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United States Court of Appeals, Fourth Circuit.

UNITED STATES of America, Plaintiff-Appellee, v. Shapat Ahdawan NABAYA, a/k/a Norman Abbott, Defendant-Appellant.

No. 18-4134

Decided: March 22, 2019

Before GREGORY, Chief Judge, and DUNCAN and KEENAN, Circuit Judges. Alex F. Kochanowski, Cincinnati, Ohio, for Appellant. G. Zachary Terwilliger, United States Attorney, Alexandria, Virginia, Gabrielle M. Michalak, Assistant United States Attorney, Jessica D. Aber, Assistant United States Attorney, OFFICE OF THE UNITED STATES ATTORNEY, Richmond, Virginia, for Appellee.

Shapat Ahdawan Nabaya was convicted following a jury trial of retaliating against a federal officer by false claim, 18 U.S.C. § 1521 (2012), and false statement in bankruptcy, 18 U.S.C. § 152(3) (2012). The district court imposed an upward variance sentence of 71 months’ imprisonment on the § 1521 offense and 60 months on the § 152 offense, to run concurrently. We affirm.

The Government presented evidence that Nabaya had failed to pay income taxes as early as 2007. In 2012, in order to collect on the overdue tax liability, the Internal Revenue Service notified Nabaya of its intent to levy on his pension. After receiving no response to this notice, in January 2013, the IRS levied on Nabaya's pension. Revenue Officer Wally Stark issued to Nabaya a notice of intent to levy. Nabaya thereafter contacted Stark, who reduced the amount of the monthly garnishment and attempted to work with Nabaya to develop a payment schedule.

Nabaya began hand delivering and mailing letters to Stark “at least weekly” threatening to sue him and other government employees and asserting that the IRS had no rights against him. In one of these letters, Nabaya threatened to hang Stark and stated that he “had enough rope to hang every employee at the IRS as well.” These letters continued from the date of the release of the levy in April 2013 until Stark retired in July 2016. Nabaya filed numerous lawsuits against Stark personally, alleging that Stark wrongfully levied on his pension. He also challenged the levy in tax court. All these lawsuits were dismissed as meritless, and the District Court for the Eastern District of Virginia enjoined Nabaya from filing future lawsuits in federal court against federal employees challenging the levy.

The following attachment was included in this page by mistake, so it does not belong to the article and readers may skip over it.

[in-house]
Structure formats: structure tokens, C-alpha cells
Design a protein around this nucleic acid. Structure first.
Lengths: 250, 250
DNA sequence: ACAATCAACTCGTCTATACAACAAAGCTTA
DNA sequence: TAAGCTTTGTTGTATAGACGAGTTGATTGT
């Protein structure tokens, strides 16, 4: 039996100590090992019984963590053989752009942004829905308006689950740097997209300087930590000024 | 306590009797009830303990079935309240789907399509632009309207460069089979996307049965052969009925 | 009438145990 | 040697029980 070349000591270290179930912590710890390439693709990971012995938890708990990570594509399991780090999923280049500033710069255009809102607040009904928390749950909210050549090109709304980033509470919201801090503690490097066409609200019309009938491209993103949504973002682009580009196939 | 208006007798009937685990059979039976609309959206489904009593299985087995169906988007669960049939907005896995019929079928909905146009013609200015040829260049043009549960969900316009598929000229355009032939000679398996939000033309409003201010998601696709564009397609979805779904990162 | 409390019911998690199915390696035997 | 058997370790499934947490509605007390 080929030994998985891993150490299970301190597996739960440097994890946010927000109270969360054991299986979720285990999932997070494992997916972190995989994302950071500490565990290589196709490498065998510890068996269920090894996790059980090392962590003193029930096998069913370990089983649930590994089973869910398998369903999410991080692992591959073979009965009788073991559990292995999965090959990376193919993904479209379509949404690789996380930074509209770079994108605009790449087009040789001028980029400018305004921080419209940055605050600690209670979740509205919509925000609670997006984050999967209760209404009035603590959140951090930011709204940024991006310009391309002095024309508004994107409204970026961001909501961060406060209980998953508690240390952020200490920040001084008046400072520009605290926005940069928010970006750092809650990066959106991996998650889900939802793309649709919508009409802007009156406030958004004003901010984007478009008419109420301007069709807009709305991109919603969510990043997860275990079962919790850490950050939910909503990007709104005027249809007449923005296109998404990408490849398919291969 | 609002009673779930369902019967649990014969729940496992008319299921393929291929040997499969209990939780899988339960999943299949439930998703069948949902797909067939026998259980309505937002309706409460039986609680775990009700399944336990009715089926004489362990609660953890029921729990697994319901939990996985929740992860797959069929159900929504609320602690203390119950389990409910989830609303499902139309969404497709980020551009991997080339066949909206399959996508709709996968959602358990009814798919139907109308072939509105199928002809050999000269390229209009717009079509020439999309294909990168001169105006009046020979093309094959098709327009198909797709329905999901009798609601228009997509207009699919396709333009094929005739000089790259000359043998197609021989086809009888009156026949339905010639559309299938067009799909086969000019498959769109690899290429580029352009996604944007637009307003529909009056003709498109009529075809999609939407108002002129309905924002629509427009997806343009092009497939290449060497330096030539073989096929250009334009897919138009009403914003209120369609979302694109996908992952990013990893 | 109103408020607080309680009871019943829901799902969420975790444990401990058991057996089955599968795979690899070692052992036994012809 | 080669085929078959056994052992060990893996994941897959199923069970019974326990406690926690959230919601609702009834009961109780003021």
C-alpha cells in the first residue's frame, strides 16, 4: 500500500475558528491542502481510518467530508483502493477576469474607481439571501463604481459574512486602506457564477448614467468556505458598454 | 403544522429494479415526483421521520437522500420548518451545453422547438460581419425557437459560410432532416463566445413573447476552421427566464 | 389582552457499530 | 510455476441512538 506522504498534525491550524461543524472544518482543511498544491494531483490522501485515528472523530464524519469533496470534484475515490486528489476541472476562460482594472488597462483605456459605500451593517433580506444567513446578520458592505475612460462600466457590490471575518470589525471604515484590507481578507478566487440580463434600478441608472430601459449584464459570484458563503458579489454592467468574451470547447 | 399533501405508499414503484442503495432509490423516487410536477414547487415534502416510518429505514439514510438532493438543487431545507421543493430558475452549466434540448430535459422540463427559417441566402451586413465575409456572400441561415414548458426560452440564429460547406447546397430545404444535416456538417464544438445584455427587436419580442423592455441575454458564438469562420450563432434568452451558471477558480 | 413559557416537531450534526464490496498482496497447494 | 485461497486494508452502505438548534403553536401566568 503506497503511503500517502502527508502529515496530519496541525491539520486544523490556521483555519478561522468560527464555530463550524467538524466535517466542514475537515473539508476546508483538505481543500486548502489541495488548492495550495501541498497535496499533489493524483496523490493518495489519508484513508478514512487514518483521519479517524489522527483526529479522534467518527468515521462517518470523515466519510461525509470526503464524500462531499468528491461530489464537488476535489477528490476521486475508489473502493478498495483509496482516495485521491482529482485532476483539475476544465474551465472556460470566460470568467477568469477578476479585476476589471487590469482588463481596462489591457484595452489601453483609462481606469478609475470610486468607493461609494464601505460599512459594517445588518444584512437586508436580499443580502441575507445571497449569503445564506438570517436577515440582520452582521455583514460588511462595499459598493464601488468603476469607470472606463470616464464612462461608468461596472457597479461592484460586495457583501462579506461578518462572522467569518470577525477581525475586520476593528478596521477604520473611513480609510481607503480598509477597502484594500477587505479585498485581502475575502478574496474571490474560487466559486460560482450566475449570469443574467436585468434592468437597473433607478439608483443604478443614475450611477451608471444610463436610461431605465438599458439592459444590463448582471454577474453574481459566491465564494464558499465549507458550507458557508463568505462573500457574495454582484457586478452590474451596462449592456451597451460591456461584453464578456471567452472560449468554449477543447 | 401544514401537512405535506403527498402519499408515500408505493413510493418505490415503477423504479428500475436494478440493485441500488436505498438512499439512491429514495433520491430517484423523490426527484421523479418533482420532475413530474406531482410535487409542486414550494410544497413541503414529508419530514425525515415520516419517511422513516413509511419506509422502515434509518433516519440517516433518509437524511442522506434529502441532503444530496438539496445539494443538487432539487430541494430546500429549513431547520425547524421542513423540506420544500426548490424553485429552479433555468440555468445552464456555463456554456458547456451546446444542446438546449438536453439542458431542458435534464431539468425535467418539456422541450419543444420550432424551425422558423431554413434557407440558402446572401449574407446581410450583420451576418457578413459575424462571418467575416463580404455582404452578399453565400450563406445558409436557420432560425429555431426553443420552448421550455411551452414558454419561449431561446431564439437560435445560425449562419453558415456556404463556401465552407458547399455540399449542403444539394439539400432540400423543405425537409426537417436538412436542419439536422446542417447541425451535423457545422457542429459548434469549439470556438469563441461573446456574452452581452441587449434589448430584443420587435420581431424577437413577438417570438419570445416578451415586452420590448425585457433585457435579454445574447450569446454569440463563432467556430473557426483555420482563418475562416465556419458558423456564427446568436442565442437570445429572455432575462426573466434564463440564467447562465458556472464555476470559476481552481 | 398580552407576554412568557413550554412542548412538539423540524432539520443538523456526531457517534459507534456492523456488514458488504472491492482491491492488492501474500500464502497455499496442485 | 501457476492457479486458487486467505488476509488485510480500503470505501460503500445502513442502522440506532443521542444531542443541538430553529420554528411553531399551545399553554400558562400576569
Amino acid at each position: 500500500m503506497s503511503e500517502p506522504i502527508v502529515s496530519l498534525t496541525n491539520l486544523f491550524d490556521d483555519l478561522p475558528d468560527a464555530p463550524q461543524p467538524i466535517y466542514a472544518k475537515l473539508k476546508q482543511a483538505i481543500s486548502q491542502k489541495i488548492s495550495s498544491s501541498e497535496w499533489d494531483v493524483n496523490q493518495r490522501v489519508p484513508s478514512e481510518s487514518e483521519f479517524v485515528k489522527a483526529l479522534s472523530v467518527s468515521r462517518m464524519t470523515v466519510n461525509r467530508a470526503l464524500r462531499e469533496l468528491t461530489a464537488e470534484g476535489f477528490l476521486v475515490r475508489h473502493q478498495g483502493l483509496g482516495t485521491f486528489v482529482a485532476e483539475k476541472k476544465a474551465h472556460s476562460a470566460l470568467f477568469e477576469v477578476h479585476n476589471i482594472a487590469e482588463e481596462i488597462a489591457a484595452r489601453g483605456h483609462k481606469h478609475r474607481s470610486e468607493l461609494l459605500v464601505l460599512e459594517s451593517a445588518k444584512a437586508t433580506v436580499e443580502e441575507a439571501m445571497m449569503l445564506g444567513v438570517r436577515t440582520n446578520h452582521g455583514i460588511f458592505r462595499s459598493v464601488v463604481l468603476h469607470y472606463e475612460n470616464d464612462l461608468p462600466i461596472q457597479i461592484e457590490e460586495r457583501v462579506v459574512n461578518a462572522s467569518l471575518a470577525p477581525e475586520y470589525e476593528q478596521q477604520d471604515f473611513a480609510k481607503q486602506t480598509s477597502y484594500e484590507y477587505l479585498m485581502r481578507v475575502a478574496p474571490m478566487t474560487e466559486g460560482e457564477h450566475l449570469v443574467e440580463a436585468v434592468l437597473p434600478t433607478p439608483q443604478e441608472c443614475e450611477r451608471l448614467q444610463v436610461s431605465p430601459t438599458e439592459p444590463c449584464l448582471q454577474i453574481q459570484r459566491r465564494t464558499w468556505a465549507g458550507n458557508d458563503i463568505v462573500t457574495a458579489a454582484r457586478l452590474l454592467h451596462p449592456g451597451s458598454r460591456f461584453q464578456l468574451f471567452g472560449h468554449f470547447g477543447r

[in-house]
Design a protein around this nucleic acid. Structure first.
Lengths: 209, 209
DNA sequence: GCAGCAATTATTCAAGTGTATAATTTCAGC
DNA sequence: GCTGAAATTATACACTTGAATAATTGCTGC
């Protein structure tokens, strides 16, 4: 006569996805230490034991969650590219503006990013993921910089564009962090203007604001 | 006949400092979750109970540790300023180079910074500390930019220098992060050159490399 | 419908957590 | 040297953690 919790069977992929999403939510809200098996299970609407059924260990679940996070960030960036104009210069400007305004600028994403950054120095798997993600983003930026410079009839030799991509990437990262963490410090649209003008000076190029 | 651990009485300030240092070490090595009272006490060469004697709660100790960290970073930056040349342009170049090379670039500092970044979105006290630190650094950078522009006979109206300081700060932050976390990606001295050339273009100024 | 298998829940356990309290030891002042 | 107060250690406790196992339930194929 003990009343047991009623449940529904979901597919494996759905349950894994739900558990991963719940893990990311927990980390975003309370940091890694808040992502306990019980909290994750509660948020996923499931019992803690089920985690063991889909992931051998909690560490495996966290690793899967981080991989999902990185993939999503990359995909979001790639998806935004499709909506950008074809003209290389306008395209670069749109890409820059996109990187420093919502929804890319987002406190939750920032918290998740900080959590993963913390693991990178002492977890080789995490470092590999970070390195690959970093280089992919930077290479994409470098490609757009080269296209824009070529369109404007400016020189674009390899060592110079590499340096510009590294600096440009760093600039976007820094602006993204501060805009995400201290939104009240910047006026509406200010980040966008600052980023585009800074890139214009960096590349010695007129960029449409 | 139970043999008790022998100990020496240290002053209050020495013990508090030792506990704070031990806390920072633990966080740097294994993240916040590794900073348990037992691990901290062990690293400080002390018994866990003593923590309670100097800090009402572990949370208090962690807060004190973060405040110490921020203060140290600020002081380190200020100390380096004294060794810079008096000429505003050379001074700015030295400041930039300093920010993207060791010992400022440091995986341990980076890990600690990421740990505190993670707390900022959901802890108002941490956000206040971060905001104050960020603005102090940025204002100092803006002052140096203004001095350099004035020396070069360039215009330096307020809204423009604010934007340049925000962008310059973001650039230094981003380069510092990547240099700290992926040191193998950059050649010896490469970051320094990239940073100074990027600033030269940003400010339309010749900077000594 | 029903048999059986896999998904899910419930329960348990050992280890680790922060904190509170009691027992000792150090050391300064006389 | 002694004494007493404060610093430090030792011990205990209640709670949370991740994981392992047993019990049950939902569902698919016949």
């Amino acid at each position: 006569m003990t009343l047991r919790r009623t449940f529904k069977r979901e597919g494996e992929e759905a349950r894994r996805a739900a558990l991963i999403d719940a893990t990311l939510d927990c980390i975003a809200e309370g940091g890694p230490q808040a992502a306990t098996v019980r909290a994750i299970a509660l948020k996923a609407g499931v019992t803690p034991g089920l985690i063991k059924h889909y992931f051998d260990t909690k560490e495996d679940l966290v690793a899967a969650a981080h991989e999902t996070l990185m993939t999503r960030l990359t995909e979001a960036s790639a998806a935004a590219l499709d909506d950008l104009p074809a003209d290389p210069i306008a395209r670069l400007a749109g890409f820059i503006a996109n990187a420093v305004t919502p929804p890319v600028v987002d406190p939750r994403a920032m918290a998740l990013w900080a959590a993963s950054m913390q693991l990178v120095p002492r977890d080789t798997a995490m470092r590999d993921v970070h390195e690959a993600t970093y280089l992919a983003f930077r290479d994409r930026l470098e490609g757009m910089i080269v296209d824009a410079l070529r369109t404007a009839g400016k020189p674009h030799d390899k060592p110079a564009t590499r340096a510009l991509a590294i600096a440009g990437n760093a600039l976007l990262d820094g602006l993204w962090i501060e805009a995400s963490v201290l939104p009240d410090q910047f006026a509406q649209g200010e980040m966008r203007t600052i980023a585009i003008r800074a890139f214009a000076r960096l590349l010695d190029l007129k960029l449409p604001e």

In May 2013, Nabaya filed a mechanic's lien against the real and personal property of Wally Stark, representing that Stark owed Nabaya $6,564 for having unlawfully restrained Nabaya's pension. The filing of this lien and Nabaya's numerous lawsuits against Stark form the basis for the charge of retaliation against a federal officer by filing a false claim. On August 17, 2016, Nabaya filed an involuntary bankruptcy petition against Stark in the bankruptcy court for the Eastern District of Virginia. He alleged, under penalty of perjury, that Stark owed him $50,000 for a personal injury based on Stark having improperly and illegally levied his pension. The bankruptcy court dismissed the bankruptcy case on September 22, 2016. The filing of this petition is the basis for the charge that Nabaya filed a false statement in bankruptcy.

Nabaya elected to represent himself and he presented numerous motions to the court, which the court determined were meritless and often nonsensical. The court thereafter ordered a psychological evaluation to determine whether Nabaya was competent to stand trial. See 18 U.S.C. § 4241(a) (2012). The doctor who conducted this evaluation concluded that Nabaya was capable of forming a rational understanding of the court proceedings and had the ability to recognize the danger of self-representation. Based on this report, the district court did not abuse its discretion in finding Nabaya competent. See United States v. Moussaoui, 591 F.3d 263, 291 (4th Cir. 2010).